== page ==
The awe inspiring sight of the towering spires and sheer walls of the Colorado gorge reminded John Wesley Powell of cathedral architecture.

Acasta Lake Map

One possible reconstruction of the arrangement of continental plates making up the super-continent of Rodinia between 1.2 billion and 780 million years ago. The Grenville orogenic belts are shaded grey.

For many years, the most ancient rocks on Earth were thought to be the Acasta gneisses from the Great Slave Province of the Canadian Shield, dated at between 4.0 and 3.6 billion years old. These gneisses (an old German mining term) are metamorphic rocks that have been greatly altered by heat and pressure deep within the Earth's crust. They are derived from even older rocks that were part of the early formation of crustal rocks. The largest, best-exposed and most-studied area of early rocks are those of southwest Greenland. They include rocks, dated at around 3.8-3.7 billion years old, that were originally volcanic and sedimentary and deposited within water at the Earth's surface.

Even older, with ages of up to 4.4 billion years, are individual mineral grains of zircon found in Western Australia. The 'parent' rocks, in which they were originally formed, were worn away by prolonged surface erosion, leaving the exceedingly tough zircon crystals that have survived to tell the tale by being redeposited in much younger host sedimentary rocks. The more ancient end of this range of mineral dates is getting close to the estimated age of the Earth. From what we know at present of the formation of the Earth, it is unlikely that we will find any minerals much older than this. All these rocks greater than 2.5 billion years old are placed in the Archean Era of Earth Time.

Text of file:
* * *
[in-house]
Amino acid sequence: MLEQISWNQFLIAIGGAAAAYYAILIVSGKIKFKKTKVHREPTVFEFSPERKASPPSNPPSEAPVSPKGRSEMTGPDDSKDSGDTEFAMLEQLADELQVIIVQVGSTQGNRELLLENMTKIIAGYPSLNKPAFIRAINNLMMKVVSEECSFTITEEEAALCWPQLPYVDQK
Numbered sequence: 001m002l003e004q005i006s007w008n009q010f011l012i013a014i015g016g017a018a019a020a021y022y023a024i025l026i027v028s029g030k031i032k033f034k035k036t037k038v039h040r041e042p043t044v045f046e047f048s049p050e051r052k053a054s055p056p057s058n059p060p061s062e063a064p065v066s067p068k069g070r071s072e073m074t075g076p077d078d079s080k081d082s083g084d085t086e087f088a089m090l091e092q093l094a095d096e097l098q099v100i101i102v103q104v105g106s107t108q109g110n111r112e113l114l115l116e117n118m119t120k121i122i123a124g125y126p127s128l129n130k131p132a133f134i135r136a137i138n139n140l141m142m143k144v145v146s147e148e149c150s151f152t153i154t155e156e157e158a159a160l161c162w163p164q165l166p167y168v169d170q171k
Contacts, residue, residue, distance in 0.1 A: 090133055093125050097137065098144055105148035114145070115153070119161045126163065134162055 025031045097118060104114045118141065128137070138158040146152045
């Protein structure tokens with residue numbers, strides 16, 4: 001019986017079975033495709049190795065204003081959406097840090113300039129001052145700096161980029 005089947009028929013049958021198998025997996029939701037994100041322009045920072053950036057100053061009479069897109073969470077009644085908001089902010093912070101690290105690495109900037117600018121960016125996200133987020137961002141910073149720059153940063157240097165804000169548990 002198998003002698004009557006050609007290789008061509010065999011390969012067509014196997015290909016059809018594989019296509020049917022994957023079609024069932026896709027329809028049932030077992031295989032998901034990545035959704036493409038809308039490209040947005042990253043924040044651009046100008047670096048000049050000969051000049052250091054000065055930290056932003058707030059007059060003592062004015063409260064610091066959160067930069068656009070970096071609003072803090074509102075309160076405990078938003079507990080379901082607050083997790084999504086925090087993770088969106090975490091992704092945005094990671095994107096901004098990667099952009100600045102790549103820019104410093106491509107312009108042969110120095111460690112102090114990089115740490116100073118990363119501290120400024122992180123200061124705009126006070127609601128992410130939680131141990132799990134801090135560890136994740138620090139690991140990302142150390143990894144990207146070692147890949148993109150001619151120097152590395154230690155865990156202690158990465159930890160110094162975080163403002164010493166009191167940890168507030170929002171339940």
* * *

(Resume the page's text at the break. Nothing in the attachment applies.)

By comparison, the oldest rocks of the Canyon, at a mere 1.84-1.71 billion years old, are relative 'youngsters' and are placed in the Proterozoic Era of Earth Time. Some 2 billion years long, this era is further subdivided into three intervals, the Paleo-, Meso- and Neoproterozoic, and the oldest Canyon rocks fall into the late Paleoproterozoic. Geologists interpret these as originally part of a series of volcanic island arc terranes, similar to the volcanic islands of the Indonesian archipelago today.